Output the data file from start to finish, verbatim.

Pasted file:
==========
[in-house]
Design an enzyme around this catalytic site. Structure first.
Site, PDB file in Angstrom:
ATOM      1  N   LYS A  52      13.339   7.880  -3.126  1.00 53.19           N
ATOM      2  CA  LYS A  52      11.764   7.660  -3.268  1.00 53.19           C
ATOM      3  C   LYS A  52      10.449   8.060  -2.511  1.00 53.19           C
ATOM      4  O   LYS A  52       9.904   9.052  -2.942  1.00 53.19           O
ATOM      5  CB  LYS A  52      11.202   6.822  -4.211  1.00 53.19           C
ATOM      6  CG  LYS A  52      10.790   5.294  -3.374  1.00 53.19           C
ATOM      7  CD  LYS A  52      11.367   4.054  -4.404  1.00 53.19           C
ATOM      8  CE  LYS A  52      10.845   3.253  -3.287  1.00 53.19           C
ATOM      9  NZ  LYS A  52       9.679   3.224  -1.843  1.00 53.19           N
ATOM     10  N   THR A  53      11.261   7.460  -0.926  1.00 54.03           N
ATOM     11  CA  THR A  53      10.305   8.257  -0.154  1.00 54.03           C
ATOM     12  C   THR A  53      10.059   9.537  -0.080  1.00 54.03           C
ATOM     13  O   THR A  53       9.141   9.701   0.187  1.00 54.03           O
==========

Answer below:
[in-house]
Design an enzyme around this catalytic site. Structure first.
Site, PDB file in Angstrom:
ATOM      1  N   LYS A  52      13.339   7.880  -3.126  1.00 53.19           N
ATOM      2  CA  LYS A  52      11.764   7.660  -3.268  1.00 53.19           C
ATOM      3  C   LYS A  52      10.449   8.060  -2.511  1.00 53.19           C
ATOM      4  O   LYS A  52       9.904   9.052  -2.942  1.00 53.19           O
ATOM      5  CB  LYS A  52      11.202   6.822  -4.211  1.00 53.19           C
ATOM      6  CG  LYS A  52      10.790   5.294  -3.374  1.00 53.19           C
ATOM      7  CD  LYS A  52      11.367   4.054  -4.404  1.00 53.19           C
ATOM      8  CE  LYS A  52      10.845   3.253  -3.287  1.00 53.19           C
ATOM      9  NZ  LYS A  52       9.679   3.224  -1.843  1.00 53.19           N
ATOM     10  N   THR A  53      11.261   7.460  -0.926  1.00 54.03           N
ATOM     11  CA  THR A  53      10.305   8.257  -0.154  1.00 54.03           C
ATOM     12  C   THR A  53      10.059   9.537  -0.080  1.00 54.03           C
ATOM     13  O   THR A  53       9.141   9.701   0.187  1.00 54.03           O